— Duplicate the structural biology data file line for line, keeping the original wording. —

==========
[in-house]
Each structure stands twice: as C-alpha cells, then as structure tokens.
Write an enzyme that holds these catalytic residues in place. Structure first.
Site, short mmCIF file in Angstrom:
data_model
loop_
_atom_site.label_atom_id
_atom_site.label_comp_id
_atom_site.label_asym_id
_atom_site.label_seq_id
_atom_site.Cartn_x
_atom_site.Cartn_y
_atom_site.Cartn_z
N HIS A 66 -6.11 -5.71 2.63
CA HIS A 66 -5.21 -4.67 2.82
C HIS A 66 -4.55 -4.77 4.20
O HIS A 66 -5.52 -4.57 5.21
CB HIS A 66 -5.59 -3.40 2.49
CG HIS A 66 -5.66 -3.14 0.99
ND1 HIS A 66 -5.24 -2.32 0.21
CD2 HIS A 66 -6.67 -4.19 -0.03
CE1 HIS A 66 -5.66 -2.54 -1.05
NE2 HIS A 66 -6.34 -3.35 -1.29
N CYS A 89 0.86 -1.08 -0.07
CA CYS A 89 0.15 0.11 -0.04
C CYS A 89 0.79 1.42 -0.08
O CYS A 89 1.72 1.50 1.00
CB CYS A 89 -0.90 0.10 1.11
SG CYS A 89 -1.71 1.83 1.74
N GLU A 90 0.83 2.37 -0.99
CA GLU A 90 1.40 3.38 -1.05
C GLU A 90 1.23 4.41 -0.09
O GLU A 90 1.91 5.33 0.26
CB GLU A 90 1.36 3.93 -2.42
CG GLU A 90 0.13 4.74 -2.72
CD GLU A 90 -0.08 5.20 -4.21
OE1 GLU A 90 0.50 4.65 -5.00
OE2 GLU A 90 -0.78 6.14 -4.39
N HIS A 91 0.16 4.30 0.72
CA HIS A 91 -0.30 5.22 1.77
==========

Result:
[in-house]
Each structure stands twice: as C-alpha cells, then as structure tokens.
Write an enzyme that holds these catalytic residues in place. Structure first.
Site, short mmCIF file in Angstrom:
data_model
loop_
_atom_site.label_atom_id
_atom_site.label_comp_id
_atom_site.label_asym_id
_atom_site.label_seq_id
_atom_site.Cartn_x
_atom_site.Cartn_y
_atom_site.Cartn_z
N HIS A 66 -6.11 -5.71 2.63
CA HIS A 66 -5.21 -4.67 2.82
C HIS A 66 -4.55 -4.77 4.20
O HIS A 66 -5.52 -4.57 5.21
CB HIS A 66 -5.59 -3.40 2.49
CG HIS A 66 -5.66 -3.14 0.99
ND1 HIS A 66 -5.24 -2.32 0.21
CD2 HIS A 66 -6.67 -4.19 -0.03
CE1 HIS A 66 -5.66 -2.54 -1.05
NE2 HIS A 66 -6.34 -3.35 -1.29
N CYS A 89 0.86 -1.08 -0.07
CA CYS A 89 0.15 0.11 -0.04
C CYS A 89 0.79 1.42 -0.08
O CYS A 89 1.72 1.50 1.00
CB CYS A 89 -0.90 0.10 1.11
SG CYS A 89 -1.71 1.83 1.74
N GLU A 90 0.83 2.37 -0.99
CA GLU A 90 1.40 3.38 -1.05
C GLU A 90 1.23 4.41 -0.09
O GLU A 90 1.91 5.33 0.26
CB GLU A 90 1.36 3.93 -2.42
CG GLU A 90 0.13 4.74 -2.72
CD GLU A 90 -0.08 5.20 -4.21
OE1 GLU A 90 0.50 4.65 -5.00
OE2 GLU A 90 -0.78 6.14 -4.39
N HIS A 91 0.16 4.30 0.72
CA HIS A 91 -0.30 5.22 1.77